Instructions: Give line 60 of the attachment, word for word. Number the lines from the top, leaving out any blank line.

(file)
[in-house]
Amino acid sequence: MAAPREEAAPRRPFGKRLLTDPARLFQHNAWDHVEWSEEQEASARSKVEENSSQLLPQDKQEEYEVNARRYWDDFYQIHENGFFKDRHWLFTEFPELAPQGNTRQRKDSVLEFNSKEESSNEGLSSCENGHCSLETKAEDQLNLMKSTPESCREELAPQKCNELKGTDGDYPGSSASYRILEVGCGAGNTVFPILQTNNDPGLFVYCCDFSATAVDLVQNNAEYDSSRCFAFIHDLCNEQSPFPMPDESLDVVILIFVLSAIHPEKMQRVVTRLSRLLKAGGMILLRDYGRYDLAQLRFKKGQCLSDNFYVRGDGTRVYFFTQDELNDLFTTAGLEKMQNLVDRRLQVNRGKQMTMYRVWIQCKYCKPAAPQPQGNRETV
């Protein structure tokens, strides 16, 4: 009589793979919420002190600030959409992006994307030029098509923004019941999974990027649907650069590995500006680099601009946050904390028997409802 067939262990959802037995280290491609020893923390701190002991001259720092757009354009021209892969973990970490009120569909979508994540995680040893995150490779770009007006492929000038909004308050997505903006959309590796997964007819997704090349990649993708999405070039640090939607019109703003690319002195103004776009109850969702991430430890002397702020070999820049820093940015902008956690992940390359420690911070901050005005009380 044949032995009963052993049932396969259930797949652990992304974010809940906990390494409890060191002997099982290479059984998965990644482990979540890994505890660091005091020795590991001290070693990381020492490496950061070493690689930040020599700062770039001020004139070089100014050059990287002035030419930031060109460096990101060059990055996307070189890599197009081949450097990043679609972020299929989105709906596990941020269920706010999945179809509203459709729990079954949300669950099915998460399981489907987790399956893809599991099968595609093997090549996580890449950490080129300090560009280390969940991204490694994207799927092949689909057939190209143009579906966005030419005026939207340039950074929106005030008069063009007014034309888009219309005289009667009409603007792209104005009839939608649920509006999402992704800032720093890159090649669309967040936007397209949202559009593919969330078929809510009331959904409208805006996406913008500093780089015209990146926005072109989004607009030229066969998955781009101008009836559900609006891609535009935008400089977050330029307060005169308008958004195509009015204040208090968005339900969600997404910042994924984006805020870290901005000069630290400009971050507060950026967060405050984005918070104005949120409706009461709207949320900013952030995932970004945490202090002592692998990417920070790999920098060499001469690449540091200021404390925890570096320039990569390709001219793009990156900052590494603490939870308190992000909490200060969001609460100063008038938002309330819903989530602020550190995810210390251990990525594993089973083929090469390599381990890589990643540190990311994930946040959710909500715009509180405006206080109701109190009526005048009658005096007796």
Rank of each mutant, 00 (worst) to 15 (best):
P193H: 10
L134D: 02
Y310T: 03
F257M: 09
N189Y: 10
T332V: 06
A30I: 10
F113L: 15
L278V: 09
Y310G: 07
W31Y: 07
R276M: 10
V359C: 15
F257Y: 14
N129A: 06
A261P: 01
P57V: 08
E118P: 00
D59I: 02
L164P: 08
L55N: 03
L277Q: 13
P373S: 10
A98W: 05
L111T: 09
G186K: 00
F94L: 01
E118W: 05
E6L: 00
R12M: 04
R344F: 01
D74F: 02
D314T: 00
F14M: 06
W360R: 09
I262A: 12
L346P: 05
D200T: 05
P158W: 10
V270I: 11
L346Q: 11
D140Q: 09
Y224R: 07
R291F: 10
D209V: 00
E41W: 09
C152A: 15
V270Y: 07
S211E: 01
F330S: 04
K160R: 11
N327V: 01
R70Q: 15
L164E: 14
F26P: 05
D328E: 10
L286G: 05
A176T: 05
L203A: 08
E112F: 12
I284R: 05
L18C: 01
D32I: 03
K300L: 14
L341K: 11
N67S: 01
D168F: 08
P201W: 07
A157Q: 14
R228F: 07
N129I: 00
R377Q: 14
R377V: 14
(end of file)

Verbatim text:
D328E: 10